In a back-to-the-future scenario, the structural engineer for the seismic retrofit of a 1962 steel moment-resisting frame in earthquake-prone San Francisco fashioned the office building's high-tech lateral system after an ancient Japanese pagoda. The building's 14-story pivoting spine—equivalent to a pagoda's wooden "shinbashira"—turned into a $4-million-plus silver lining to a recession-related hiatus for the $110-million gut renovation and expansion of 680 Folsom Street.
Instead of a tree trunk pivoting in a well in the ground, the ultra-modern shinbashira is an 8-million-lb structural concrete core. The 232-ft-tall heavyweight sits on a single sliding friction-pendulum bearing, 3.5 ft in dia. The bearing can slide like a marble in a bowl.
Thanks to the 4.5-ton slider bearing assembly, the spine—a hollow 30-ft square in plan, except for a solid, reinforced concrete sacrum at the base—has freedom to pivot during a quake. Like a shinbashira, the four-walled core rests on the bearing without a fixed connection.
In a quake, the system acts like a Ring Toss toy. All the rings—floors—move with the stick—the rigid core—and distribute interstory drift over all the floors.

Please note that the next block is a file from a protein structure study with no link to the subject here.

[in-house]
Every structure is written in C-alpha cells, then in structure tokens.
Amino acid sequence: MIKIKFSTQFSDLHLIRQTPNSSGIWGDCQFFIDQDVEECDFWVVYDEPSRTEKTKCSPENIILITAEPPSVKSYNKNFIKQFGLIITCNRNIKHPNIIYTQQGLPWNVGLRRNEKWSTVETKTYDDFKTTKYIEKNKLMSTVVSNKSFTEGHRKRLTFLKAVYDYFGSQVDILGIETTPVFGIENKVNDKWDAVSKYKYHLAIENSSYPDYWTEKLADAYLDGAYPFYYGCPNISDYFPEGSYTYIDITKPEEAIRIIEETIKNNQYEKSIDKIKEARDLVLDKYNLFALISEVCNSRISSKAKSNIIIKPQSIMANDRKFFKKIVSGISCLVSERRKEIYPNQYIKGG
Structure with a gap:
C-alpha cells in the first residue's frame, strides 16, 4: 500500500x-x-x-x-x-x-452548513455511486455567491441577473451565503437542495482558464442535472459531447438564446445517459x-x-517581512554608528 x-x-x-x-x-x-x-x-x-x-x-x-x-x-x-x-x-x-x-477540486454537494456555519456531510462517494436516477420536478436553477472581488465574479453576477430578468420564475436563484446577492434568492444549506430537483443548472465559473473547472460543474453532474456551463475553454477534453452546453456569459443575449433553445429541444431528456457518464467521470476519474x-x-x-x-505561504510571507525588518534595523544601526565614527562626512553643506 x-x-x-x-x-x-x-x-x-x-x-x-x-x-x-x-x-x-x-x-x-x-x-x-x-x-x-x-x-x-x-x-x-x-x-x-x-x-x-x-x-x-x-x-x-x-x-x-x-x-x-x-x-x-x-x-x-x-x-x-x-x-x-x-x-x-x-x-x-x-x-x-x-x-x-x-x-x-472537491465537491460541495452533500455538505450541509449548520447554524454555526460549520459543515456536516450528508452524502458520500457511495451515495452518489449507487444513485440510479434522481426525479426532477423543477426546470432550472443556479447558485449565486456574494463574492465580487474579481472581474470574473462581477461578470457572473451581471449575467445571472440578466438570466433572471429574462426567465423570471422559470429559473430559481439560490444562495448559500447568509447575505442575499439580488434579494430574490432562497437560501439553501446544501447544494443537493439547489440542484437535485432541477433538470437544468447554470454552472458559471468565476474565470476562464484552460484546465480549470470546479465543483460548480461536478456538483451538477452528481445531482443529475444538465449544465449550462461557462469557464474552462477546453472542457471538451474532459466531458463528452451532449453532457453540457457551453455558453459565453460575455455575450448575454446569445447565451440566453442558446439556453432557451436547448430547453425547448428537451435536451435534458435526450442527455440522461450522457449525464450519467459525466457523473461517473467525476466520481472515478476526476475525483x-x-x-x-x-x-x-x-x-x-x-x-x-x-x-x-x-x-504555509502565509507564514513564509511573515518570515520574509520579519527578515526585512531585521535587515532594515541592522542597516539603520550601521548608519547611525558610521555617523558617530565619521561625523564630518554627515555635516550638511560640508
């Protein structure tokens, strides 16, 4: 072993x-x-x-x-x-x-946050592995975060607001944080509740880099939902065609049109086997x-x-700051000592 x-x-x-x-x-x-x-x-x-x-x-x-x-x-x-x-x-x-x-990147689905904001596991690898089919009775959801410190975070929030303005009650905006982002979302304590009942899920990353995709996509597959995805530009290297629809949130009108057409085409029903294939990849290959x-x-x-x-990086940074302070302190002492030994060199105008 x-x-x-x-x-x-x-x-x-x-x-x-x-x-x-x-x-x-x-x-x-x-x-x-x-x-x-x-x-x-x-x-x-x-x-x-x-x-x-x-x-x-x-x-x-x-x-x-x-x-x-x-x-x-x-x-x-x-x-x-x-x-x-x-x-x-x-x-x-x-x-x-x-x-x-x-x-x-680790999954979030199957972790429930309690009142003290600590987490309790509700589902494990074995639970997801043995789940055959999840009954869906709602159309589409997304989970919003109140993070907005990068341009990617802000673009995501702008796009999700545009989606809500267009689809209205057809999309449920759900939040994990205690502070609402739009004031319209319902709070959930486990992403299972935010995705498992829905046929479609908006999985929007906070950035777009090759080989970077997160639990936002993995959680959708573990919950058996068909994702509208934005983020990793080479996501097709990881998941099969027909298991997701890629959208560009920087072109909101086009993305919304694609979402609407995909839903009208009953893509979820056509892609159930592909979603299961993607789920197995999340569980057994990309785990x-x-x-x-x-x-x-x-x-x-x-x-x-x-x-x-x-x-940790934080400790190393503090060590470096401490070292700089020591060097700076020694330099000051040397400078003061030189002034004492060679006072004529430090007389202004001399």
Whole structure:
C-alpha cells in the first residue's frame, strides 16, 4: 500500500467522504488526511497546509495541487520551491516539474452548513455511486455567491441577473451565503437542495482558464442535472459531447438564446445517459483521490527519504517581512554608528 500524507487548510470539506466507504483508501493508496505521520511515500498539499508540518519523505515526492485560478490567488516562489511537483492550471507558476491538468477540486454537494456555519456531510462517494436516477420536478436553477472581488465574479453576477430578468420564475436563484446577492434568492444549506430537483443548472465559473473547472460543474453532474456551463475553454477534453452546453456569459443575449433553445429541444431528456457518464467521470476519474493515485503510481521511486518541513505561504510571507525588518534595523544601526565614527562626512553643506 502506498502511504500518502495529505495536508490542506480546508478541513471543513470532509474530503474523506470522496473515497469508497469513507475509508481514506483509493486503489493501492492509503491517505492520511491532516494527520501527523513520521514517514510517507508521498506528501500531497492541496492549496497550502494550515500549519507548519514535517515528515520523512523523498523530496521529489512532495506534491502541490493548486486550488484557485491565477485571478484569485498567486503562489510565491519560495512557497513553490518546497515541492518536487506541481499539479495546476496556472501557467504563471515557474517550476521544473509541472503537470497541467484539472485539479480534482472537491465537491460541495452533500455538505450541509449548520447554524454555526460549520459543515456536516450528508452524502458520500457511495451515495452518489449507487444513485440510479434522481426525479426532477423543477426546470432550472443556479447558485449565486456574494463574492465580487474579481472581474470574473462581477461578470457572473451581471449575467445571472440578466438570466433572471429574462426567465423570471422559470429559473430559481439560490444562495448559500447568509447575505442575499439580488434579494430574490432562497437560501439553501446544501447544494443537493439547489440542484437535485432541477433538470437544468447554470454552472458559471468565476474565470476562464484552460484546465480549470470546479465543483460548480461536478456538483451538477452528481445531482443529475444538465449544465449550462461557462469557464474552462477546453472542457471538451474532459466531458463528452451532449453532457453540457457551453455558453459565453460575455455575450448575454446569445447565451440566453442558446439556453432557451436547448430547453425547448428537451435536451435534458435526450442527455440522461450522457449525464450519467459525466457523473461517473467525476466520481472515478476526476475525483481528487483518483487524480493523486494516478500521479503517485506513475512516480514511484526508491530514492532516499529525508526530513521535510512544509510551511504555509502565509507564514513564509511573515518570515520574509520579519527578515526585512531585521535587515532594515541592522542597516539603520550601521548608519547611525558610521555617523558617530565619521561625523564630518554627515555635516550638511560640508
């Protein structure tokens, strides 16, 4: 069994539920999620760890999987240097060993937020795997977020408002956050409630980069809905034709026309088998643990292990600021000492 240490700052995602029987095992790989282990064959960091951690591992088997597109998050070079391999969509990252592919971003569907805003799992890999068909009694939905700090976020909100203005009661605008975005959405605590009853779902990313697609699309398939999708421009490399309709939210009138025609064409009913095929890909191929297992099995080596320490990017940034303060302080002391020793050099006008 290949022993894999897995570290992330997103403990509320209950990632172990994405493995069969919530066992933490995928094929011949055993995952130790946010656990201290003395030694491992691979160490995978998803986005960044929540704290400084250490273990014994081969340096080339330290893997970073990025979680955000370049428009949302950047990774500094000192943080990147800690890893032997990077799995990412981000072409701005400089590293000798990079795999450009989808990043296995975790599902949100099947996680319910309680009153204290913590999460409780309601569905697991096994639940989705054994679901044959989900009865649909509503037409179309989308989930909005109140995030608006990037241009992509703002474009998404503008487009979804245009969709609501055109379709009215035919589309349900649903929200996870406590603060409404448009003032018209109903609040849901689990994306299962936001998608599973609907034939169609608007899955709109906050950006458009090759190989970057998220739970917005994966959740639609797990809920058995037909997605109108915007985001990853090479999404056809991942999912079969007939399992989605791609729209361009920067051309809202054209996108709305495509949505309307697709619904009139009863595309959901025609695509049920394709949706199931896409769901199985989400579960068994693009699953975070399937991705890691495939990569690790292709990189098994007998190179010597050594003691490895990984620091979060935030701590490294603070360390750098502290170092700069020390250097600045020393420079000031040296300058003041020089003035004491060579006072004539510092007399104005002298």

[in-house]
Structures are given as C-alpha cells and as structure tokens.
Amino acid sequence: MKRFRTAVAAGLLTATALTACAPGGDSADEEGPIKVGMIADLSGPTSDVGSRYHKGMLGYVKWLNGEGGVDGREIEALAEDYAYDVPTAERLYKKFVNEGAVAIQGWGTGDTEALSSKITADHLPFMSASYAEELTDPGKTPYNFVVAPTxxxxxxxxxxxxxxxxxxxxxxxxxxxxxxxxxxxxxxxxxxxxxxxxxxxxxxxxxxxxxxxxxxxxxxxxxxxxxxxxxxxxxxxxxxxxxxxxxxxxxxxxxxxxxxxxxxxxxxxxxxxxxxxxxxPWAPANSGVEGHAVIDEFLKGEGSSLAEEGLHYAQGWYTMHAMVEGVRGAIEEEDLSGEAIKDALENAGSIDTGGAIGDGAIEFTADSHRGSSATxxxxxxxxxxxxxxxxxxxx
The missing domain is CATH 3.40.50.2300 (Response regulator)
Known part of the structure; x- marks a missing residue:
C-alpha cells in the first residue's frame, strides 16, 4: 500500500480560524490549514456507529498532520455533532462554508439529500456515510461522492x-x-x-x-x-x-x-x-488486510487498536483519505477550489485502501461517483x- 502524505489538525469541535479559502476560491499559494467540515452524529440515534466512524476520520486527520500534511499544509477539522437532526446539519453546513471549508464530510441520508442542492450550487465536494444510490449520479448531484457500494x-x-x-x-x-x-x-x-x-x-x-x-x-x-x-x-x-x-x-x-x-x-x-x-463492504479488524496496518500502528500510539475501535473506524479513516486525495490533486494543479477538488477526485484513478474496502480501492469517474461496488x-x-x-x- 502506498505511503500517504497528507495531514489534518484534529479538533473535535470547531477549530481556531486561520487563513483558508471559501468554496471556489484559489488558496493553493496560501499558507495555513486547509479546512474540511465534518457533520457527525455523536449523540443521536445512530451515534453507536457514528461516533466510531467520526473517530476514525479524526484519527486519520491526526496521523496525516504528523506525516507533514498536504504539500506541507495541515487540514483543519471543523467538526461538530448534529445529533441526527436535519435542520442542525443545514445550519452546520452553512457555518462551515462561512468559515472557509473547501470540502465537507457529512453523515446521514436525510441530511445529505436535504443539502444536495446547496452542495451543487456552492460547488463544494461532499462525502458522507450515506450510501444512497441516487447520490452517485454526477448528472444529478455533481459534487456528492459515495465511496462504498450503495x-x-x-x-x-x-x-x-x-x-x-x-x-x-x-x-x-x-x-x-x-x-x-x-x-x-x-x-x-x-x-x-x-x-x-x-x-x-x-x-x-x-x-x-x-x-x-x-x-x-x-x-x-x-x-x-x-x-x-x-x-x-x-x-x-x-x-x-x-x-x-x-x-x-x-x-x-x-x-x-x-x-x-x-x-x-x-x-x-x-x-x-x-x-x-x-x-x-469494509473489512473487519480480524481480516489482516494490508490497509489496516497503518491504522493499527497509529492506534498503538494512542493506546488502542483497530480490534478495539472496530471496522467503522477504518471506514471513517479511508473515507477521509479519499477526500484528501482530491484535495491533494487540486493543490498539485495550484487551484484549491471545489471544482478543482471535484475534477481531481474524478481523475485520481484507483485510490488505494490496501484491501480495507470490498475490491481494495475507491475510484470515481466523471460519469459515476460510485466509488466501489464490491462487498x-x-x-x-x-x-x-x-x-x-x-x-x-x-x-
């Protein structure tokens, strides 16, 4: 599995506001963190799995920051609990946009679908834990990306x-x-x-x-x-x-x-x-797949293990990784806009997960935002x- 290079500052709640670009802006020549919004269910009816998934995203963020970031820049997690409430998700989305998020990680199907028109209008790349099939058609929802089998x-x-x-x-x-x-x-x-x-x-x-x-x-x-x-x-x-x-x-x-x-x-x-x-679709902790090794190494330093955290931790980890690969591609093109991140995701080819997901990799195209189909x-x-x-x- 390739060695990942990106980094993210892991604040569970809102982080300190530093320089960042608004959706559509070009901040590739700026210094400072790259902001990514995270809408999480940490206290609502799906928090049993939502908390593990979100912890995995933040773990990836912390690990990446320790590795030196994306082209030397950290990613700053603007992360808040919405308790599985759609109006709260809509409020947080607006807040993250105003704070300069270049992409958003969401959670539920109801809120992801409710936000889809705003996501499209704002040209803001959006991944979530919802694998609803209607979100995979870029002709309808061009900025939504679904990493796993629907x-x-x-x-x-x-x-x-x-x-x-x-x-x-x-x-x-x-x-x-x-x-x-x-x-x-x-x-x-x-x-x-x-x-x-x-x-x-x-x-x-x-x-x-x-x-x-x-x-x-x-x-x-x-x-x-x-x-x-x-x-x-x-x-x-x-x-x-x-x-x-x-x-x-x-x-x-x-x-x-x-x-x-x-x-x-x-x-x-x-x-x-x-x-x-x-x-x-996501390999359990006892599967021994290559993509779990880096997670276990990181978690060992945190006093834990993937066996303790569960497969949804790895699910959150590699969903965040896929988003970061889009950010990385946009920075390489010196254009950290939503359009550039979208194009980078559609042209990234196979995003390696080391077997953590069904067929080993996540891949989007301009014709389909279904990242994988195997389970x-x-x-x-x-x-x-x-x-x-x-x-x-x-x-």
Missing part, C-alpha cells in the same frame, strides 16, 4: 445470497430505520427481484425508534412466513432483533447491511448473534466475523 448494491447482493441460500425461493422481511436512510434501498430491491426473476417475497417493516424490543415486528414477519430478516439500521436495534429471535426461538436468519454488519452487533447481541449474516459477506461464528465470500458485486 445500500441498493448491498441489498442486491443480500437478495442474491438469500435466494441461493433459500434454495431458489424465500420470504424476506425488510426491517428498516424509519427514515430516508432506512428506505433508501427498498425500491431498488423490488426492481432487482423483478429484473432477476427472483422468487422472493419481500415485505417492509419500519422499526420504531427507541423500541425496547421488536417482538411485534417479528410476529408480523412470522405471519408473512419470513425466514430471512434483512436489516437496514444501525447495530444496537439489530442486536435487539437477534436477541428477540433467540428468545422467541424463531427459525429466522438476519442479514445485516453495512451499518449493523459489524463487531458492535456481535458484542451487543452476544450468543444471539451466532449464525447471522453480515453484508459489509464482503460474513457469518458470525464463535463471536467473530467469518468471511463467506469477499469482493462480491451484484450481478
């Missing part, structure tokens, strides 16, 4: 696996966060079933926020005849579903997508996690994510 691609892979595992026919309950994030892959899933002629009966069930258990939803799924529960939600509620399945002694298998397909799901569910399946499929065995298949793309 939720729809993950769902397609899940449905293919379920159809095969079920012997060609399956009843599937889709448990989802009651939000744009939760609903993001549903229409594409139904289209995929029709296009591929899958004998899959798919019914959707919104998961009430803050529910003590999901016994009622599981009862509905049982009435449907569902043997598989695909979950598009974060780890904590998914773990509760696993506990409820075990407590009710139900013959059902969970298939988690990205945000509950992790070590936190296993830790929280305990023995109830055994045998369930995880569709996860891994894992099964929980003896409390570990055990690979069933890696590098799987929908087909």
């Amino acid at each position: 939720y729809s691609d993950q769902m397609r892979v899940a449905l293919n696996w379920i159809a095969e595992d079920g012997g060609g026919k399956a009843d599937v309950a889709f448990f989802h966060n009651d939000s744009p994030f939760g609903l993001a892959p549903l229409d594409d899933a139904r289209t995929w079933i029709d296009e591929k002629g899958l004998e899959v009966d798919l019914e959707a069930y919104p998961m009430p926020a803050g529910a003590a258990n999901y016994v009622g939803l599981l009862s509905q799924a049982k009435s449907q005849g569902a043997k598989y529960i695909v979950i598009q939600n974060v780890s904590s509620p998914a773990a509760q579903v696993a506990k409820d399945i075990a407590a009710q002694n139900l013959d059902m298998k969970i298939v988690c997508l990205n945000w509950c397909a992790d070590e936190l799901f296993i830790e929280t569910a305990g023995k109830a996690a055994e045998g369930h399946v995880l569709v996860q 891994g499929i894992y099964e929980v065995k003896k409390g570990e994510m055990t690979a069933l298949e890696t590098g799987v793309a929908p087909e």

The pivoting spine acts as a mode shaper, forcing uniform displacement in the moment frame and engaging the upper floors to dissipate seismic energy. "The system changes how a building will react in an earthquake," says Steven Tipping, president of structural engineer Tipping Mar (TM), which authored the scheme. "The Japanese discovered this [behavior] about 1,500 years ago."
TM developed the rigid pivoting core through performance-based engineering using non-linear-response history analysis. The goal was to meet current California Building Code provisions.
The novel scheme—the result of a value-engineering exercise in 2010—forced an architectural and structural redesign of the building interior, which was permitted before the work halt in 2008. But the more than $4 million in savings made the extra design work worth it, says Matt Field, managing director for 680 Folsom's developer, TMG Partners.
The gut renovation, designed by the building's original architect, Skidmore, Owings & Merrill (SOM), also added two stories and a new curtain wall.
The modern pagoda replaced TM's original seismic-retrofit scheme, which consisted of two post-tensioned concrete walls, each an I-shape in plan, around the original stairwells at each end of the architectural core. The scheme was similar to a system TM devised for the year-old San Francisco Public Utilities Commission Building.
The bulk of the savings from the revised scheme came from cutting out a core. That step reduced materials and labor costs and sliced 10 weeks off the 100-week construction schedule, says Mike Danska, senior project manager for Plant Construction Co., the general contractor.
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